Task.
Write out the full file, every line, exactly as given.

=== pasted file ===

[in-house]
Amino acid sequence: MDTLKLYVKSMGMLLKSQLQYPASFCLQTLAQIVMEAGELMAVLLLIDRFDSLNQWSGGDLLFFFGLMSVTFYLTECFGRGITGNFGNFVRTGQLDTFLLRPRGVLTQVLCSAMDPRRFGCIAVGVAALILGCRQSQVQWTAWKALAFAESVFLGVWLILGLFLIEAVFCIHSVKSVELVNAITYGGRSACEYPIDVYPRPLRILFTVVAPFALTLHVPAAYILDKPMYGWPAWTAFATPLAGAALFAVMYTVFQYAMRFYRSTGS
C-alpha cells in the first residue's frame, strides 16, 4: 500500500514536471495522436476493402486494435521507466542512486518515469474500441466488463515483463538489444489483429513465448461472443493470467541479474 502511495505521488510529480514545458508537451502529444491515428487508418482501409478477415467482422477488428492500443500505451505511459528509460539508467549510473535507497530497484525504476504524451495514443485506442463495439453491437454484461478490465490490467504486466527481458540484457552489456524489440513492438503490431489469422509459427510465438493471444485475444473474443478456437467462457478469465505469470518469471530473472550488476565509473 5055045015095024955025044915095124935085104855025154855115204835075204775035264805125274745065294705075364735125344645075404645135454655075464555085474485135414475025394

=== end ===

[in-house]
Amino acid sequence: MDTLKLYVKSMGMLLKSQLQYPASFCLQTLAQIVMEAGELMAVLLLIDRFDSLNQWSGGDLLFFFGLMSVTFYLTECFGRGITGNFGNFVRTGQLDTFLLRPRGVLTQVLCSAMDPRRFGCIAVGVAALILGCRQSQVQWTAWKALAFAESVFLGVWLILGLFLIEAVFCIHSVKSVELVNAITYGGRSACEYPIDVYPRPLRILFTVVAPFALTLHVPAAYILDKPMYGWPAWTAFATPLAGAALFAVMYTVFQYAMRFYRSTGS
C-alpha cells in the first residue's frame, strides 16, 4: 500500500514536471495522436476493402486494435521507466542512486518515469474500441466488463515483463538489444489483429513465448461472443493470467541479474 502511495505521488510529480514545458508537451502529444491515428487508418482501409478477415467482422477488428492500443500505451505511459528509460539508467549510473535507497530497484525504476504524451495514443485506442463495439453491437454484461478490465490490467504486466527481458540484457552489456524489440513492438503490431489469422509459427510465438493471444485475444473474443478456437467462457478469465505469470518469471530473472550488476565509473 5055045015095024955025044915095124935085104855025154855115204835075204775035264805125274745065294705075364735125344645075404645135454655075464555085474485135414475025394